Countless workers look forward to retirement and the change of pace it tends to bring about. But from a female perspective, that outlook is pretty bleak. That's because only 25% of women expect that life will be better in retirement than during their working years. That's the latest from a Nationwide survey, which also found that 26% of women think life will be worse in retirement. Talk about discouraging.
Why aren't more women excited about retirement?
Though women certainly aren't the only ones stressed about retirement, in some regards, they have more to worry about. That's because women typically earn lower salaries than men, and as such, they tend to have less money once retirement rolls around.
Not only that, but older women today are in worse shape financially than ever before. For one thing, debt has doubled for 50-something women since the early 1990s. Just as problematic is the fact that twice as many 50-something females have less than $25,000 set aside for the future now than roughly 30 years ago, which means their opportunity to catch up is limited. Still, that doesn't mean women can't take steps to change their outlook -- and clean up their finances in time to enjoy retirement to the fullest.
Ramping up your savings game
If you're an older woman and are clearly behind on savings, the good news is that it's technically not too late to catch up. You just need to be willing to prioritize your retirement savings and possibly extend your career a number of years to further boost your nest egg.
Now, the good news is that you can contribute up to $24,500 per year to a 401(k) if you're 50 or older, so if you have access to an employer plan, it pays to max it out. In fact, doing so for even 10 years will add $338,000 to your nest egg, assuming your investments generate an average annual 7% return during that time. That's a couple of points below the stock market's average, in case you were wondering.
Of course, not everybody can max out a 401(k), and not everybody has access to one in the first place. But if you don't have a 401(k), there's always the option to save in an IRA instead. If you're 50 or older, you can put away up to $6,500 a year. Similarly, you can save in a 401(k) at a lower rate than it would take to max out, and it'll still make a huge difference come retirement. Case in point: Socking away $6,500 a year for 10 years will give you an additional $90,000 during your golden years, assuming that same 7% average annual return. And while that's not nearly as impressive as the $338,000 we talked about above, it's not a negligible amount, either.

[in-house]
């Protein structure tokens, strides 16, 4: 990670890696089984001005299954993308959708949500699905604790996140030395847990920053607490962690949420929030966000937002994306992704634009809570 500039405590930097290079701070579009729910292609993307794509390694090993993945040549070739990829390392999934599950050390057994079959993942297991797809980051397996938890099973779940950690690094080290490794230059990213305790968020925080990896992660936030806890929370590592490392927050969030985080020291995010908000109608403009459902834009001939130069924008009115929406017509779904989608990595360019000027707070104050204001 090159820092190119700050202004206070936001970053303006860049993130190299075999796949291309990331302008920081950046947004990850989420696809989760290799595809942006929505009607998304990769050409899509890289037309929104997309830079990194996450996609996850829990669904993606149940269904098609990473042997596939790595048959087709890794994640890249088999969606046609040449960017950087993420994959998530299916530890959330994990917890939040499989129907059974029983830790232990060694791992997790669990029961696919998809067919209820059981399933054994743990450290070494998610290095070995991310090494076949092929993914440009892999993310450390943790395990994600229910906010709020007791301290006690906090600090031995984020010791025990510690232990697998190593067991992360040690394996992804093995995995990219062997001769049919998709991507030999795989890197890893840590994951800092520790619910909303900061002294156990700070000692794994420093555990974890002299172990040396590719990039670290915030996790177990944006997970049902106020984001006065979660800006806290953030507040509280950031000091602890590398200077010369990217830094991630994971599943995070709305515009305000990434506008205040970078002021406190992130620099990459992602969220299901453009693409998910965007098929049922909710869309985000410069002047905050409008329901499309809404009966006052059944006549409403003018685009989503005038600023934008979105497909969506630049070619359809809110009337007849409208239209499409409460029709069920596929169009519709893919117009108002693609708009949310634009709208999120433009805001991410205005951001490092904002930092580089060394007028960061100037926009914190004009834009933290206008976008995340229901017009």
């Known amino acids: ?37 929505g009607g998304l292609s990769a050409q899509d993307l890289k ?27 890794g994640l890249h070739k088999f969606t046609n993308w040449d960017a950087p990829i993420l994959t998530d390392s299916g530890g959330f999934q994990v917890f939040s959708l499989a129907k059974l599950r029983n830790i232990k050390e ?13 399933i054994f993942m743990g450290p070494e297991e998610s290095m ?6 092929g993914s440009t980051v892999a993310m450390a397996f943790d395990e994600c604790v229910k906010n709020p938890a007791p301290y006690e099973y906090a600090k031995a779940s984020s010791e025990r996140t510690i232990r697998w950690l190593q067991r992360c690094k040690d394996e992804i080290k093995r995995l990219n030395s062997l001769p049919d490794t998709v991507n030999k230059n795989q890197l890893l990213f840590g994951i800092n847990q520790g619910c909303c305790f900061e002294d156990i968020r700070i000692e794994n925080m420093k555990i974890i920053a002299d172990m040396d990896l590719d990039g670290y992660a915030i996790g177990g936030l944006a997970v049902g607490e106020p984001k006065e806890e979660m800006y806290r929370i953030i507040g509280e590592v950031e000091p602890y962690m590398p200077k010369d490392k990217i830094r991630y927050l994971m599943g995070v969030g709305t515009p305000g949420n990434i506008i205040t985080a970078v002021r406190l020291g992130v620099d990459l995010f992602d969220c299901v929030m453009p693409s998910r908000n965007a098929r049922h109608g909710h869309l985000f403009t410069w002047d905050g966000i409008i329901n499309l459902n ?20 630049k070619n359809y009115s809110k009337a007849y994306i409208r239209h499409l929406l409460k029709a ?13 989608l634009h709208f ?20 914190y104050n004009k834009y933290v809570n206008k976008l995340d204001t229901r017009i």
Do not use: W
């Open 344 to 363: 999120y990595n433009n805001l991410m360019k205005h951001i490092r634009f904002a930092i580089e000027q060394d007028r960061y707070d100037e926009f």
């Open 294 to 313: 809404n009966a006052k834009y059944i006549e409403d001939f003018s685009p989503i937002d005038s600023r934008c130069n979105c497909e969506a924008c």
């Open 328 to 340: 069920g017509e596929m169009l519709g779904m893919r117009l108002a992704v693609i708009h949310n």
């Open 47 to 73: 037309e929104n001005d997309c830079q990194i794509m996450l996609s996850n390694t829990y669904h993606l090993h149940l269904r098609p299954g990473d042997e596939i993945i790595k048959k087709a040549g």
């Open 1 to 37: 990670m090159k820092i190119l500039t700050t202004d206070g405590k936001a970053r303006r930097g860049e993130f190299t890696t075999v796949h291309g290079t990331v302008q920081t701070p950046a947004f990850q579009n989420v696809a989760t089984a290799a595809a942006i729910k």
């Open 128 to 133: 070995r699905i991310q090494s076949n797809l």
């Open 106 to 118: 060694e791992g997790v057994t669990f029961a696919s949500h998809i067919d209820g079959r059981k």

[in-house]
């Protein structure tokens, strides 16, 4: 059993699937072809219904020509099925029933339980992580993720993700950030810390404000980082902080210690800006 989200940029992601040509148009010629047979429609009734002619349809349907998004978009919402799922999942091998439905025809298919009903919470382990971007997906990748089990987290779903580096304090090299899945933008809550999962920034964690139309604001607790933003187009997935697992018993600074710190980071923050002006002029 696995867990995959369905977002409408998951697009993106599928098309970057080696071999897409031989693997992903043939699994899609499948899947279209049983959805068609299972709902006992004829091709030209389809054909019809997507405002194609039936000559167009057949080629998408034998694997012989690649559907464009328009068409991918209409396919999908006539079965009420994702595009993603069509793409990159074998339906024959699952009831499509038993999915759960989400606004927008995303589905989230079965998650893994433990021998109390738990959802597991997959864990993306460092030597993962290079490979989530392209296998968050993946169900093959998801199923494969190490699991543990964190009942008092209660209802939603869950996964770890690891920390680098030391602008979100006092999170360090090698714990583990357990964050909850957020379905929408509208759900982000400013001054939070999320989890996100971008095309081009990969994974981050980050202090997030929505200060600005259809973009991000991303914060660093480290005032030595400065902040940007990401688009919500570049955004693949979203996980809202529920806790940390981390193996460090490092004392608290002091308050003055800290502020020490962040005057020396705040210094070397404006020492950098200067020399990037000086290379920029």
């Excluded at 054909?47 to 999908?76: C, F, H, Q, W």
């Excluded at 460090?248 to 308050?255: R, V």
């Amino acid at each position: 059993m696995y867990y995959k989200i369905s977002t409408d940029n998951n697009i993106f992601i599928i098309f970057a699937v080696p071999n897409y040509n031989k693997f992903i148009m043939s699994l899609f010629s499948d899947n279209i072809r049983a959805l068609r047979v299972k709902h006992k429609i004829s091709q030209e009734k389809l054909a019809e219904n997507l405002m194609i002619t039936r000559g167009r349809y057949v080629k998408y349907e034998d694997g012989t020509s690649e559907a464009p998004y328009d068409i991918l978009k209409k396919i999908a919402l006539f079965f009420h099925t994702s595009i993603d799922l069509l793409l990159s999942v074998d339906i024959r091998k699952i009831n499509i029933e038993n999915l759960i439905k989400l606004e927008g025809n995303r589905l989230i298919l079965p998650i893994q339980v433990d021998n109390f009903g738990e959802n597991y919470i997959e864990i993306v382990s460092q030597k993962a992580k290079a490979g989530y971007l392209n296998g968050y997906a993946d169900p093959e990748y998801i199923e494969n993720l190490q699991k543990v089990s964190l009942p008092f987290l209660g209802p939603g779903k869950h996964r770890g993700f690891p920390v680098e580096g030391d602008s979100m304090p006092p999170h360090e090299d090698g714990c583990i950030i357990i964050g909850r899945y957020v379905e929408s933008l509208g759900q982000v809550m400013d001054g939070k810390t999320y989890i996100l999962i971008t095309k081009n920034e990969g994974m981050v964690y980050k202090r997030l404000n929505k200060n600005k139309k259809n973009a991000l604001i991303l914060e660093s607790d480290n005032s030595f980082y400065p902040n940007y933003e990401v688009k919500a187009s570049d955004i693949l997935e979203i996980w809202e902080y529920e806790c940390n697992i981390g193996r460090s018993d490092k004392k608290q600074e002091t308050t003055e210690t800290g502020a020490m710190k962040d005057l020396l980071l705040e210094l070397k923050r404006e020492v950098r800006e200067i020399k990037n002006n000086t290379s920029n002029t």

Getting rid of debt
While boosting your savings rate later on in your career is a good way to make up for lost time, don't discount the importance of knocking out your debt simultaneously. Your first goal should be to focus on the damaging debt you hold, like credit card debt. Paying off a pesky credit card balance is far more crucial than eliminating a mortgage because in addition to helping improve your credit, the latter can also offer tax benefits that save you money in other ways.
When you sit down to tackle your credit card debt, be sure to identify your costliest balances first, which are the ones with the highest interest rates. After all, it makes more sense to pay off a card charging 20% interest than to deal with a card charging 10%. Another option, if your credit is decent, is to consolidate your various credit card debts via a balance transfer and lower your payments as a whole.
Changing your attitude about retirement
If financial pressures are causing you to dread retirement rather than celebrate it, know that if you clean up your act during the latter stage of your career, you stand a strong chance of retiring comfortably. Also, don't forget that unless you're forced out of the working world due to reasons outside your control, if you don't feel financially ready to take the plunge, hold off. Extending your career for even a year or two could spell the difference between saving adequately and having to cut corners majorly during your senior years.
Finally, if you're worried about paying the bills in retirement, remember that working part-time when you're older is always an option. Not only will it put more money in your pocket, but it'll also give you something to do with your time. And that will take some of the pressure off -- on more levels than one.
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